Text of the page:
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Finding Peace While Being Busy

On my first four-day meditation retreat, I was given the task of cleaning the dishes after breakfast for the 40 people attending the retreat. Piles of dishes and pots and pans loaded up two sinks: one for soaping and scrubbing, and another for rinsing. A fellow retreatant was at the first sink and I was at the second.

I was mindfully and carefully washing each dish, making sure I was breathing deeply and taking my time to make sure each dish was perfectly clean. A monk came over, frustrated with me.

“What are you doing?” He asked, raising his hands.

“I’m mindfully washing the dishes,” I told him.

“Well, mindfully wash the dishes then. But do it fast,” he said. “If you keep this up, we won’t have dishes for lunch.”

It was then that I realized: We can be both mindful and fast.

I also learned that when doing things mindfully, I didn’t actually have to be sitting in meditation to get the peace I wanted. I could embody the meditation practice in every moment of my day-to-day, even while being busy.

Then I moved to New York City. My lifestyle was suddenly super fast-paced, and it was a huge lesson when it came to my meditation practice. Suddenly, I really had to apply that whole “mindful and fast” thing to my life.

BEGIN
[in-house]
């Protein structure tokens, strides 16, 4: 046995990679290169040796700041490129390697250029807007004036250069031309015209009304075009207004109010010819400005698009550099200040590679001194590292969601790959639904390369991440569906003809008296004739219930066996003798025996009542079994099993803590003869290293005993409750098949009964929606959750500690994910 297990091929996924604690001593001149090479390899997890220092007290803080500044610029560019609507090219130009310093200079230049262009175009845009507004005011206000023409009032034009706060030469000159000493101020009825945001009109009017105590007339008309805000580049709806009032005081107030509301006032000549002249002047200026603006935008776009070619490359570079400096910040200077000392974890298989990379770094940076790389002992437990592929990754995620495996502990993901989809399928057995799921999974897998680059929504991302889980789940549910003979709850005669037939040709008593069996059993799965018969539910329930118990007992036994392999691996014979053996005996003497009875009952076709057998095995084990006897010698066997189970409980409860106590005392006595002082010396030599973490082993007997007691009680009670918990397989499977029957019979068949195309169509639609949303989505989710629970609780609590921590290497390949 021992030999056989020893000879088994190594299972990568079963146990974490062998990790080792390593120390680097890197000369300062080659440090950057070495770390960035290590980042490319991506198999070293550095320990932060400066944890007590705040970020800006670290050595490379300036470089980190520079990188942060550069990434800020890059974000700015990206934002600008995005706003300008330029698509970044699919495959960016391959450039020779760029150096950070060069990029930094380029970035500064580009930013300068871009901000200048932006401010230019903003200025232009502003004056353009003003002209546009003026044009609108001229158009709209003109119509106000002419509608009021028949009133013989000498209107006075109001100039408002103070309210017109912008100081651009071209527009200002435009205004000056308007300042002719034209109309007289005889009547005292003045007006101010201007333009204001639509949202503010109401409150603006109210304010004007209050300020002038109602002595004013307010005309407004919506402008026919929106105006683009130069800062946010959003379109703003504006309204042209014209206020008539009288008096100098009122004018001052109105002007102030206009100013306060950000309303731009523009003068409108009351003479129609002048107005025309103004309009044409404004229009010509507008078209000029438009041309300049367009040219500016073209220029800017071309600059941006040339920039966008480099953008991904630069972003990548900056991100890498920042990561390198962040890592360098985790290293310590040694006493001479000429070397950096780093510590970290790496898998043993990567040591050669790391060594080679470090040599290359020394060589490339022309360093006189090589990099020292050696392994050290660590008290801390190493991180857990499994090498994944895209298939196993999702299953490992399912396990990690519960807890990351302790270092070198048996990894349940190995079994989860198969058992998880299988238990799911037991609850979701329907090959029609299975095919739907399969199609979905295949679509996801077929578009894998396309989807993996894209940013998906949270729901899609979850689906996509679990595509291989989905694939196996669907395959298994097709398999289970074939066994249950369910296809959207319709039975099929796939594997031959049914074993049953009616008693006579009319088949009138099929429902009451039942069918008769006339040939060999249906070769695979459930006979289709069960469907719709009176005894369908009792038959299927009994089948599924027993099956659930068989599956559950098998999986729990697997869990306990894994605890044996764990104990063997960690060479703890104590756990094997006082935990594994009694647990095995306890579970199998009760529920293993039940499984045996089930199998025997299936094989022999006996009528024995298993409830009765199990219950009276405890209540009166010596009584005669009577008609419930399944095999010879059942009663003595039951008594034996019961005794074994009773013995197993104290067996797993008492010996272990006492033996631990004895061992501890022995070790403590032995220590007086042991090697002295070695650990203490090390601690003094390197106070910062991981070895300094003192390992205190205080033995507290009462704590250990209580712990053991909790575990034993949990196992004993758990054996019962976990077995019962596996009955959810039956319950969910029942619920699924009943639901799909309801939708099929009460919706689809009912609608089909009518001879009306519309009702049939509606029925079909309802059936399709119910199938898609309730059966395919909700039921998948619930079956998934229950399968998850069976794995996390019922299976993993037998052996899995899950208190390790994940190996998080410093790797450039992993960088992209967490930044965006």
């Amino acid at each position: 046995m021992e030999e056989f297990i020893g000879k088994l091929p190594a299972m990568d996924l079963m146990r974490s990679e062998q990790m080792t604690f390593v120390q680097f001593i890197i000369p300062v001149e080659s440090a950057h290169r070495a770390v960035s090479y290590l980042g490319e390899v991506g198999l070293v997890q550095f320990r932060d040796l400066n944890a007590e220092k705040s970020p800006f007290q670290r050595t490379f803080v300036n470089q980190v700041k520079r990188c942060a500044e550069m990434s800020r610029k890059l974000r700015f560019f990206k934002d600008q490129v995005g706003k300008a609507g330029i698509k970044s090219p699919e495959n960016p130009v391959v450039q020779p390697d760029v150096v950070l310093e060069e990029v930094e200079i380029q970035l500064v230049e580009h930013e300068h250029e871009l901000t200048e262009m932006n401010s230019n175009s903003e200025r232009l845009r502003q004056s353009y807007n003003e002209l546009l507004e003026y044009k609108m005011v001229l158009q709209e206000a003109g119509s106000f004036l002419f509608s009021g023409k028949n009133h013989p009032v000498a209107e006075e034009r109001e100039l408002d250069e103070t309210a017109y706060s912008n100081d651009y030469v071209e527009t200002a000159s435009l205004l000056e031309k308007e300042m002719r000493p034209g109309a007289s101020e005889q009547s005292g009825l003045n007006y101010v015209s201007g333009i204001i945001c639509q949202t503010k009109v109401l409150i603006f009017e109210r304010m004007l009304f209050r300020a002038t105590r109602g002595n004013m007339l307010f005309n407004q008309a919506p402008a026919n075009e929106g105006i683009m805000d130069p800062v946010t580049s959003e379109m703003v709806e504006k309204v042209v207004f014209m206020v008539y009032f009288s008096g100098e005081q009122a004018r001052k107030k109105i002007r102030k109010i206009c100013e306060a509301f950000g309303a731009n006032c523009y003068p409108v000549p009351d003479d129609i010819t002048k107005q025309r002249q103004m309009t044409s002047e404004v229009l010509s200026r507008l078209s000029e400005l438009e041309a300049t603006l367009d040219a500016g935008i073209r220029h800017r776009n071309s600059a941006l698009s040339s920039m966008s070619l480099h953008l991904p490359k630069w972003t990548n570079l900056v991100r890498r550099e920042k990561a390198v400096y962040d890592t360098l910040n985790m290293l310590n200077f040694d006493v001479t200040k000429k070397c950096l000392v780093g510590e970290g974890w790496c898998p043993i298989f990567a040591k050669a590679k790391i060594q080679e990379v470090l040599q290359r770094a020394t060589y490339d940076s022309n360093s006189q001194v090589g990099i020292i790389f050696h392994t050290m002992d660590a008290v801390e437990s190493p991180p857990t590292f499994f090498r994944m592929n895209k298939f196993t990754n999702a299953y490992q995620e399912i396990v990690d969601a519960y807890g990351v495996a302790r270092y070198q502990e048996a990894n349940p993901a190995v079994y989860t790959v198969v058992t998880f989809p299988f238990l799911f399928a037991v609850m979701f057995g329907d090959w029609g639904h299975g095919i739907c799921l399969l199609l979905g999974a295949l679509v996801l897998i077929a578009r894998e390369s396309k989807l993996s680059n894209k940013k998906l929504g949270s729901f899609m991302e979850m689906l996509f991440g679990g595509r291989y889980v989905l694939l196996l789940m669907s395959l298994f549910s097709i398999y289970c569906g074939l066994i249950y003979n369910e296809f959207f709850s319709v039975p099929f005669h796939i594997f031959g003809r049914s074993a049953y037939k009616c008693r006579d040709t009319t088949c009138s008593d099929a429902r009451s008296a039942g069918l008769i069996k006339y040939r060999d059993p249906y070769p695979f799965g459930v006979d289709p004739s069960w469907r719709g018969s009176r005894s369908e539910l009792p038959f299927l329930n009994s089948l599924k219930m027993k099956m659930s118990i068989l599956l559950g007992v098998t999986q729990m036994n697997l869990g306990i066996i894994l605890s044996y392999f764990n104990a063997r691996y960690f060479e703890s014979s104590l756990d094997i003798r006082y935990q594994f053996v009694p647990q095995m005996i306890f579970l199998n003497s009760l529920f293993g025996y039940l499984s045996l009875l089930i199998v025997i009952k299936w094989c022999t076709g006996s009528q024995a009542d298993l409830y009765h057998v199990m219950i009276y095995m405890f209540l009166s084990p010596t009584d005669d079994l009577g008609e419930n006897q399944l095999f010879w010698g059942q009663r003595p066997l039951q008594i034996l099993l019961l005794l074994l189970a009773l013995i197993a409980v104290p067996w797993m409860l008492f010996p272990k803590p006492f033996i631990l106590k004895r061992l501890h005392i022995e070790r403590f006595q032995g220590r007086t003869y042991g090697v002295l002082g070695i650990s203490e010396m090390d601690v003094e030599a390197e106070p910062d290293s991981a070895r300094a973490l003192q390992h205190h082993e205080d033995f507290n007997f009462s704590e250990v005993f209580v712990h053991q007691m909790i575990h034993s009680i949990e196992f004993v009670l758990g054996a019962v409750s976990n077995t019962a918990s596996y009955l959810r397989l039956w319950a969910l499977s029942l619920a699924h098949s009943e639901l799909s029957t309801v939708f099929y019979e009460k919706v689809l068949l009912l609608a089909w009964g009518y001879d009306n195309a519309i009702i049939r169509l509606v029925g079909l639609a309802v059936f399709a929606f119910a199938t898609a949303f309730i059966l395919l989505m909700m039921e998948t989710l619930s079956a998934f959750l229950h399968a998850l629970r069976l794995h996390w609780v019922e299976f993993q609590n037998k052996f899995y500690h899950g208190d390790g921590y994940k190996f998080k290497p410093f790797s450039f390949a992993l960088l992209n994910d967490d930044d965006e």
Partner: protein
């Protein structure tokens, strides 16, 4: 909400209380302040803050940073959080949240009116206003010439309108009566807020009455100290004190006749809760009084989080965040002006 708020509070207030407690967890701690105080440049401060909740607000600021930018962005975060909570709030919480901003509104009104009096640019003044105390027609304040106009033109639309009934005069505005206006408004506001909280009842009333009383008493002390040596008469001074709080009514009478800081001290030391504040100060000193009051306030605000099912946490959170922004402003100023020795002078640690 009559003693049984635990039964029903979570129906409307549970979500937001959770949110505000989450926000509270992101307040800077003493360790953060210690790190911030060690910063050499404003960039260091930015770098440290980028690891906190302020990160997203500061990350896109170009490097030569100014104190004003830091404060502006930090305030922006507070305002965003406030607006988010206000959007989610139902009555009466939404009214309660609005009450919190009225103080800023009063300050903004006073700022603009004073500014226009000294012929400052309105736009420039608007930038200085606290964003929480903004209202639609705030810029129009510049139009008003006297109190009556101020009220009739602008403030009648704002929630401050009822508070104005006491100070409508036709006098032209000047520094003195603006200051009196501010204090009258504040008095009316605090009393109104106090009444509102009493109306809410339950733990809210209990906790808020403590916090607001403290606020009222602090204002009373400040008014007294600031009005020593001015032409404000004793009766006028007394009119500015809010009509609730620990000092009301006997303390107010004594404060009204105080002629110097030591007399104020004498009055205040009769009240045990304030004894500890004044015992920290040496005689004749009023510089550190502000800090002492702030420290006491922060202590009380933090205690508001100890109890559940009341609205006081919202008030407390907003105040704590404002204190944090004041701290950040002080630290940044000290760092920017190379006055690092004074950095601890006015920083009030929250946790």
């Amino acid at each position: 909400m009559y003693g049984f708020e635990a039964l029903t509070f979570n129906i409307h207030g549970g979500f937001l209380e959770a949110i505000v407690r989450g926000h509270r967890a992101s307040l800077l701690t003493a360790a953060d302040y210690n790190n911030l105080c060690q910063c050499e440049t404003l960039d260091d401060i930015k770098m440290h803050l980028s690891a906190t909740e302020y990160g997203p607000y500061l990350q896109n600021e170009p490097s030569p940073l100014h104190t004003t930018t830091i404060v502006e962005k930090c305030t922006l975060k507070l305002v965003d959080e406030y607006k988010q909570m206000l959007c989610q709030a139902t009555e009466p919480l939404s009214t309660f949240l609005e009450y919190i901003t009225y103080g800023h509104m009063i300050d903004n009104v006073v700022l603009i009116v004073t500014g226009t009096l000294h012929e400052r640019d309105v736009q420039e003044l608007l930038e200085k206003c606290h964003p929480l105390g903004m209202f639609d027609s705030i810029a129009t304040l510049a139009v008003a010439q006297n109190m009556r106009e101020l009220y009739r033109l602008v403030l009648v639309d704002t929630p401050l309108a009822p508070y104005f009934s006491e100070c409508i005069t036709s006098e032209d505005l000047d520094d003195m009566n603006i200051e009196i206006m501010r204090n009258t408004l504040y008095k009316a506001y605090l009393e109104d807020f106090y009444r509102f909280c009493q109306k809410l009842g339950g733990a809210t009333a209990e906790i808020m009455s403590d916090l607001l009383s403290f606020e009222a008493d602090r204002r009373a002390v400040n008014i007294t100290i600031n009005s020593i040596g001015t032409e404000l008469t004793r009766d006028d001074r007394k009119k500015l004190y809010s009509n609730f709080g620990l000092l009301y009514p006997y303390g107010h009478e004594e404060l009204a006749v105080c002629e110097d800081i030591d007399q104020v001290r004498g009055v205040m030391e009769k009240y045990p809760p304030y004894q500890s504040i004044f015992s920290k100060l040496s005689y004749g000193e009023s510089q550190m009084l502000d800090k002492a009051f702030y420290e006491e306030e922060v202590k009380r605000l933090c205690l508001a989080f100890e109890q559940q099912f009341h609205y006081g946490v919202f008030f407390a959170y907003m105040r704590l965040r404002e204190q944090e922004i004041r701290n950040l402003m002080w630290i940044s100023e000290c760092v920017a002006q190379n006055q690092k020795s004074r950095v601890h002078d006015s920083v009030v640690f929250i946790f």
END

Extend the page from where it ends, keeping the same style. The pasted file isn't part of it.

With that in mind, here are 5 things you can do to live a stress-free lifestyle while keeping up a fast-paced life:

While rushing somewhere . . .

Feel the bottoms of your feet. Heel to toe, heel to toe. This keeps you grounded and in your body and out of your head. Especially when you’re super busy and stressed, this is something to remember. It will calm you almost immediately.

While checking off your to-do list . . .

Note beginnings, middles, and ends to stay present while completing action items. As you approach one action step on your list or chore, note:

I am beginning to do _________.
I am in the middle of doing ___________.
I have finished doing _____________.

This keeps you present and engaged. It speeds up productivity and also diminishes mistakes. The work is far more thorough and it also creates a calm, relaxed state.

Pay attention to distractions . . .

We can fill our spaces with our ears plugged into music, TV, podcasts, talking, gossiping, texting, playing with our apps, social networking, writing lists — there’s always something to distract us from the world passing us by.

Do what you need to get done — your work, your chores, your time with family — without any other distractions. Learn to appreciate quiet, and savor it.

Quiet is not something to fear. It’s luxurious. Have a family night without the TV on. Turn off the radio at work. When you’re at your local café or in a waiting room, sit quietly without being on your phone. Grab moments of stillness wherever you can.

Set a timer every few hours and stop whatever you’re doing for a 10-second pause . . .

Look up at the sky or out the window and feel all of your senses. A “pause” means that wherever you are, whatever you’re doing, no matter what you’re racing to — you stop.

Feel everything around you. The air. The noise. The smells. The people. Take it all in. And sense the sky, the clouds passing overhead, and ALL of its spaciousness.

All of a sudden, the busy life we’re in gets wider, more expansive, and we remember where we fit in the grand scheme of things.

Here’s to having peace all the time!

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Lynn Newman